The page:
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Creativity is Change

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Musing about creativity and wondering what it might be, since it is not a thing, it occurred to me that there are aspects of the creative process that are similar to the process of change in general.

There are, I suppose, many models of change – one that I am familiar with is known to me as ‘The Stages of Change’. James Prochaska, John Norcross and Carlo DiClemente developed this model, identifying 6 stages of changing fully described in their book Changing For Good. Many people find this a useful roadmap in evaluating where they are in the process of making changes. Have a look at this website to get a potted description of the model: http://www.proactive-coach.com/resolutions/theory/index.htm

I decided to play a game: assume that creativity is a change process – how might it map on to the Stages of Change model? This is the result so far:

It’s not a serious attempt to create a model of creativity (it’s too conceptual). However what it gave me was the sense that:

  • Creativity is not just about a ‘eureka!’ moment, it’s about developing that idea and doing something with it.
  • Much of creativity withers on the vine because we don’t follow through on that great idea that occurred to us.
  • Creativity is a skill that can be learned.
  • Once the creative process has been followed through, something has changed.

Photo by Chris Lawton on Unsplash


About Marian Way

Marian Way's avatar

A highly skilled facilitator and trainer, Marian, who founded Clean Learning in 2001, has developed and delivered training across the world. She is the author of Clean Approaches for Coaches, co-author, with James Lawley, of Insights in Space and co-author, with Caitlin Walker, of So you want to be… #DramaFree.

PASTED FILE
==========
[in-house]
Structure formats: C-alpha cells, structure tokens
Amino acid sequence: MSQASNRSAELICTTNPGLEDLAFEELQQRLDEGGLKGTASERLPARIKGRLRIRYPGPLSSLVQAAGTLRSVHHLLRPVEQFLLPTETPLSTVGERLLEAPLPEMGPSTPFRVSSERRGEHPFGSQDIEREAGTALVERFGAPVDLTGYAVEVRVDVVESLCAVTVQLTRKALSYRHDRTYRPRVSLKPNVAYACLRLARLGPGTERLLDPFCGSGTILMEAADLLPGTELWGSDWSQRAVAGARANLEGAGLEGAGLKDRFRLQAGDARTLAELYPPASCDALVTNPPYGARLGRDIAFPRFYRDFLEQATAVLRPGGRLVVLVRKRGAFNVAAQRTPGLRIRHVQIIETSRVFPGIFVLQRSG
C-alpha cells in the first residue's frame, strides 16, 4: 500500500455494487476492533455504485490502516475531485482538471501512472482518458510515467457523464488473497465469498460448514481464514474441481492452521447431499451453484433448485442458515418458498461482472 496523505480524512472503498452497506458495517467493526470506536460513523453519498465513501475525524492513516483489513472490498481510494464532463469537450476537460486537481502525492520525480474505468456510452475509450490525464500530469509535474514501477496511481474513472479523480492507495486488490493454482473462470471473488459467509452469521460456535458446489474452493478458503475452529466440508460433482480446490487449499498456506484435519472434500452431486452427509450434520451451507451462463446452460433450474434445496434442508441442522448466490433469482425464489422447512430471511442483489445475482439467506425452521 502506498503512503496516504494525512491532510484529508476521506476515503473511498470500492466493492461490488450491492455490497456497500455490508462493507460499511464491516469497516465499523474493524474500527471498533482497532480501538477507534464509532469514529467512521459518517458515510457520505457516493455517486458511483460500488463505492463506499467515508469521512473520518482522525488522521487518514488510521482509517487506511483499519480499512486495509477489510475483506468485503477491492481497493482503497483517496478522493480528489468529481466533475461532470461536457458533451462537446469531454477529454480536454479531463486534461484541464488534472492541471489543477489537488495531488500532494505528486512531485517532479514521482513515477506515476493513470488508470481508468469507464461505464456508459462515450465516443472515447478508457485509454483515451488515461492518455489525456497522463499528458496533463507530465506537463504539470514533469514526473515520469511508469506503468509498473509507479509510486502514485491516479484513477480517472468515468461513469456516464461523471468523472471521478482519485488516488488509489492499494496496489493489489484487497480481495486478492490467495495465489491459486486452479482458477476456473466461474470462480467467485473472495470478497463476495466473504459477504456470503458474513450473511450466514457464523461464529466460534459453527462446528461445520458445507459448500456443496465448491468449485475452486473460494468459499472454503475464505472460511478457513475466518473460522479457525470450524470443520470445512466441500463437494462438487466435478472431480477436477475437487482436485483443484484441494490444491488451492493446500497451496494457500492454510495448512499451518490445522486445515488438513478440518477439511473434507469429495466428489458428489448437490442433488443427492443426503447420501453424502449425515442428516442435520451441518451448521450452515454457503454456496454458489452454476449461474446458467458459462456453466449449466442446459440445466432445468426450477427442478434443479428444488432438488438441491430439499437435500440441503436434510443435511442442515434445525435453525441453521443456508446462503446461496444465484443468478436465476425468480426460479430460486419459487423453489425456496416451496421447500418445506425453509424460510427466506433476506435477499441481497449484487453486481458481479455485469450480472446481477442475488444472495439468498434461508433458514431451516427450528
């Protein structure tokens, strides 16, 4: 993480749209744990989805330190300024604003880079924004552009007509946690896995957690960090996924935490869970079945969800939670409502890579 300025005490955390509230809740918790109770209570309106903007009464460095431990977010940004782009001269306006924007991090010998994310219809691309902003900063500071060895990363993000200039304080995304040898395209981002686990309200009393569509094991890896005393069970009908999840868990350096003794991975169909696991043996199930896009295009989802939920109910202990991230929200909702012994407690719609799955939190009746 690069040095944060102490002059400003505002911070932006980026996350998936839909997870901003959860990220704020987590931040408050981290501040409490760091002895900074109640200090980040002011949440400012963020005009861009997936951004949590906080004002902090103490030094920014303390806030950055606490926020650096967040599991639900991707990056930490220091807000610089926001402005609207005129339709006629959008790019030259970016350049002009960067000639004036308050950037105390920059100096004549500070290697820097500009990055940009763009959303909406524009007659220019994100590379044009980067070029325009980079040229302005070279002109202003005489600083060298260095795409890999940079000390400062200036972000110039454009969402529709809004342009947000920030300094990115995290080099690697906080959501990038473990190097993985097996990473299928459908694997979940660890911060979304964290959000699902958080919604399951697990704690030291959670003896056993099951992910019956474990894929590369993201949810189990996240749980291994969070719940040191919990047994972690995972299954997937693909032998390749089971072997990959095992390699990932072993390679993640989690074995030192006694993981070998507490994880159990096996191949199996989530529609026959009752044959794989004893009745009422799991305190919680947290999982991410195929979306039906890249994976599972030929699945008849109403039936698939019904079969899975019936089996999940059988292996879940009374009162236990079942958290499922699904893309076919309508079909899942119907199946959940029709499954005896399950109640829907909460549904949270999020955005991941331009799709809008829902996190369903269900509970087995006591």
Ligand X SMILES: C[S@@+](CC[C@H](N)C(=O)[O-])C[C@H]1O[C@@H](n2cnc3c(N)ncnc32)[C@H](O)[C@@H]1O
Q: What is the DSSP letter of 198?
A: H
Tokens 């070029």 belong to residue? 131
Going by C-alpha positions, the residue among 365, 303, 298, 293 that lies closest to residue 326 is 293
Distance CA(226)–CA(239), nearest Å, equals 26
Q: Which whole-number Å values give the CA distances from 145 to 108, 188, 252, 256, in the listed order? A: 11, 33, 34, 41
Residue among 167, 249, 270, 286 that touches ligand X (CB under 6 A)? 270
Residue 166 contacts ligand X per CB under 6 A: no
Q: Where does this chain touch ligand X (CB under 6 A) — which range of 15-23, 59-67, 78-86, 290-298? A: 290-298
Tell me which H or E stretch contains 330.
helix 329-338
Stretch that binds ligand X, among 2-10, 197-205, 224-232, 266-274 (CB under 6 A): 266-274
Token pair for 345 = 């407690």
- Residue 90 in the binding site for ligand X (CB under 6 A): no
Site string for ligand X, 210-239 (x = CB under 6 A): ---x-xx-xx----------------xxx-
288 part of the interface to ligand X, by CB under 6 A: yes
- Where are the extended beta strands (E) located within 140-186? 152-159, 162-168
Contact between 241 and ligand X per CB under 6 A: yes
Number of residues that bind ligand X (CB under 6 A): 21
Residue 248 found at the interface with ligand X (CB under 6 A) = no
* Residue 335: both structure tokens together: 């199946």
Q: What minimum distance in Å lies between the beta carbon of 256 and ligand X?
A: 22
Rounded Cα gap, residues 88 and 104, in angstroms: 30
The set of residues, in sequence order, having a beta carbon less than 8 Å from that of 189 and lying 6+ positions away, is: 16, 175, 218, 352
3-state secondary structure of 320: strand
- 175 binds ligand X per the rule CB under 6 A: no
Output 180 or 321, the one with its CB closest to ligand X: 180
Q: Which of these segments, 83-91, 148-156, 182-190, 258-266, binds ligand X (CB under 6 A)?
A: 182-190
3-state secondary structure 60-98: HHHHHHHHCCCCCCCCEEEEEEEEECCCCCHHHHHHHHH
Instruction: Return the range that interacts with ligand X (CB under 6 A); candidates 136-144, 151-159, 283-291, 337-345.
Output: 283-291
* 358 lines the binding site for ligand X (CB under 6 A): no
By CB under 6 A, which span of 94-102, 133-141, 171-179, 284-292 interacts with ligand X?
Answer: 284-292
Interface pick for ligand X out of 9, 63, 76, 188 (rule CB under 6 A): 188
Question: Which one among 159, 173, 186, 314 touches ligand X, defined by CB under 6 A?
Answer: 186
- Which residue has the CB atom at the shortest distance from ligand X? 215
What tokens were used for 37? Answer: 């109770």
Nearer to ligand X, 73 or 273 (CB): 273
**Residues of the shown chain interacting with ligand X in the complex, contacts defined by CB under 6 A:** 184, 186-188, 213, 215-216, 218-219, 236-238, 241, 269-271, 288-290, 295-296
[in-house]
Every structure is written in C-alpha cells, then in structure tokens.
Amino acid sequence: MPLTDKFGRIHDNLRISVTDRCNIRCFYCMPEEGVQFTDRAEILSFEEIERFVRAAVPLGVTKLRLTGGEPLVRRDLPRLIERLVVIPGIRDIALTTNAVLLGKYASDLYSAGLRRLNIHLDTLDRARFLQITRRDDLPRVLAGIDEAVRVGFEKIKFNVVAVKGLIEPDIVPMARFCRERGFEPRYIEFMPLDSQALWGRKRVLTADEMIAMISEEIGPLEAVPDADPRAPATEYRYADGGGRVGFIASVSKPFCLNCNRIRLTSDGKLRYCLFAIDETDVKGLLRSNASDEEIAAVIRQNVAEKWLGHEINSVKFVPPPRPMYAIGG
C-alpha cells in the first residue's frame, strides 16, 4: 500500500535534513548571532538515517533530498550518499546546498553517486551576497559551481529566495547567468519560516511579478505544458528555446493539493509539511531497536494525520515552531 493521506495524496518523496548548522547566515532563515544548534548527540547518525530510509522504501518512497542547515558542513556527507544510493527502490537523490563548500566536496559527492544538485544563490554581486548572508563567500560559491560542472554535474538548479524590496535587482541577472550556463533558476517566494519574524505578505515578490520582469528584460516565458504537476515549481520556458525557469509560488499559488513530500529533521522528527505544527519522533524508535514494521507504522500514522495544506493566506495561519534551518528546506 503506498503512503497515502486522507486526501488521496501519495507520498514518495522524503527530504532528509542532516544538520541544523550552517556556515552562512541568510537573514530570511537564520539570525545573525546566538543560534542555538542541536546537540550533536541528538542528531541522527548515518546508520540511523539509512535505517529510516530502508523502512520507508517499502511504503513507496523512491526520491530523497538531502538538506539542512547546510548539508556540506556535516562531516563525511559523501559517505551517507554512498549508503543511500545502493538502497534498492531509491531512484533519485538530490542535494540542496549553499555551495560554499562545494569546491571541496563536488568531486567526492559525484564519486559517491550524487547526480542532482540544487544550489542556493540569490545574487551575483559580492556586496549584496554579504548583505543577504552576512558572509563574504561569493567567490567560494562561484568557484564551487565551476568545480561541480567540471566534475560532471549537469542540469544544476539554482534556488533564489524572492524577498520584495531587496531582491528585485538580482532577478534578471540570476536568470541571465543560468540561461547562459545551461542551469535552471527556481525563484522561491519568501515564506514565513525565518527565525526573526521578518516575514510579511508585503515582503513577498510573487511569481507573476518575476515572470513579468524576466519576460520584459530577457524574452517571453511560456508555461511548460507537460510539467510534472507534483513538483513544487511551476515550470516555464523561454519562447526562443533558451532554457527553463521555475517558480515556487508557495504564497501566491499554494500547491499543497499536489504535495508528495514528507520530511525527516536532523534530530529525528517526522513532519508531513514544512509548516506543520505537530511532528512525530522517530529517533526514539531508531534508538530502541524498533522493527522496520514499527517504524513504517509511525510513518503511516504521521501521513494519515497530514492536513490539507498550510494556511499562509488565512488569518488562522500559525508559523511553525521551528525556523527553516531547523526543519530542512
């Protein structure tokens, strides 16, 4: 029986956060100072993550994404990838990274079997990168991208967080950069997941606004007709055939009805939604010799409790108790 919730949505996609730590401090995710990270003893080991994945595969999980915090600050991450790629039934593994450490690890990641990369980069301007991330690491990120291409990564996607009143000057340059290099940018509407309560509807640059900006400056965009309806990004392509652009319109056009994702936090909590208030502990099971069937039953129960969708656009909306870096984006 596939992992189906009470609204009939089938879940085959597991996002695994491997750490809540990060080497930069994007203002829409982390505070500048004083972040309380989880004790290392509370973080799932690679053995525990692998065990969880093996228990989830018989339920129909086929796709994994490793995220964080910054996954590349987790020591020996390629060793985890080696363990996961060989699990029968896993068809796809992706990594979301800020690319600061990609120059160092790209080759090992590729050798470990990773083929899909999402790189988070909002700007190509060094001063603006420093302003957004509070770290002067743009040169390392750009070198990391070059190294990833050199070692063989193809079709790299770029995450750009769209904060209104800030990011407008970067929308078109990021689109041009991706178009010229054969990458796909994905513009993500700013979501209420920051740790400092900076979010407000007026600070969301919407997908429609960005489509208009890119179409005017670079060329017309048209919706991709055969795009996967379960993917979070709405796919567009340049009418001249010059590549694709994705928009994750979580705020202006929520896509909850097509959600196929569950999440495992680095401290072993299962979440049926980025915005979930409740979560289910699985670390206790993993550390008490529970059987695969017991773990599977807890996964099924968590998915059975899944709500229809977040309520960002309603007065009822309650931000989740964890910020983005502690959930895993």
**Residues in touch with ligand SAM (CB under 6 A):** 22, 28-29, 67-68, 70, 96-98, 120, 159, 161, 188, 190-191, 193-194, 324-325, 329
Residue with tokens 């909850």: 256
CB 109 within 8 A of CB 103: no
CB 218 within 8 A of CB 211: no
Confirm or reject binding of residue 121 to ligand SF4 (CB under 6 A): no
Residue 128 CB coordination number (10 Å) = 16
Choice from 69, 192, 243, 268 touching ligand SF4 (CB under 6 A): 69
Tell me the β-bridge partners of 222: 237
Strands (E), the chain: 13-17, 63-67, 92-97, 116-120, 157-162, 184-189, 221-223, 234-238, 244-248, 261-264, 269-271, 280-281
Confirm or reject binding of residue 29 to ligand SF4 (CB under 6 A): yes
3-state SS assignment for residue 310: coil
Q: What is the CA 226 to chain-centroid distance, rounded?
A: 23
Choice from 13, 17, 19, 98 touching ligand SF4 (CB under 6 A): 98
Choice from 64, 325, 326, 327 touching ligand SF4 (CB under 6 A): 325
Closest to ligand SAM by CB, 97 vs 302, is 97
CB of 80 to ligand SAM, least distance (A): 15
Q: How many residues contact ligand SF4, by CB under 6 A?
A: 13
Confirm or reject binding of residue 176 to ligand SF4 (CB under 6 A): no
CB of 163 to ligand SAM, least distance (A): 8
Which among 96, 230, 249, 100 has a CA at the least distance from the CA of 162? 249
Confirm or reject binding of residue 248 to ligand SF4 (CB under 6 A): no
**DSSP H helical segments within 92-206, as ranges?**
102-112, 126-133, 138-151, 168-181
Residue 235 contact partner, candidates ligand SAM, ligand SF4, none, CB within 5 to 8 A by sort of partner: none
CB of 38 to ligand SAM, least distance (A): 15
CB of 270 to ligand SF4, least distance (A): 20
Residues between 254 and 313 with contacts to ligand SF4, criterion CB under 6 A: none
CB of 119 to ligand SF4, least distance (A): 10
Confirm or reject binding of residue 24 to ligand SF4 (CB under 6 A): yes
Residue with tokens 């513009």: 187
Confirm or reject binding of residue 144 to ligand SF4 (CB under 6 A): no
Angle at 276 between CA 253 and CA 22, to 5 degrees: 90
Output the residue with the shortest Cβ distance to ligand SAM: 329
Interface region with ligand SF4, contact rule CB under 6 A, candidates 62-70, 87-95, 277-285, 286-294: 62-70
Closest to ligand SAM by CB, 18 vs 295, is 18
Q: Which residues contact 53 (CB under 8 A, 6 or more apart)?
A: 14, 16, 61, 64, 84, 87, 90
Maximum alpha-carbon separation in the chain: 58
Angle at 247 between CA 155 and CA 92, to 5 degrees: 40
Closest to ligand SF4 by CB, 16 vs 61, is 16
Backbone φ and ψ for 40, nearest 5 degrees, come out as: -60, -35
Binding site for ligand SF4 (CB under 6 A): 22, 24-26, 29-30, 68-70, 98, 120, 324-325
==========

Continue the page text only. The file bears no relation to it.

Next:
Marian is an expert Clean facilitator, an adept modeller, a programme writer and an inspirational trainer. She has a natural ability to model existing structures, find the connections between them and design new ways for people to learn. Marian was a leading innovator within the Weight Watchers organisation, which included developing the “points” strategy, a local idea that went on to become a global innovation. She is a director of both Clean Learning and Training Attention CIC, world leaders in clean applications for corporate, educational and community development. She designs our programmes and workbooks, leads workshops and teaches on all our courses. She’s trained people in Great Britain, Russia, Sweden, Germany, Australia, Japan and the USA. Marian is also a recognised Clean Assessor.


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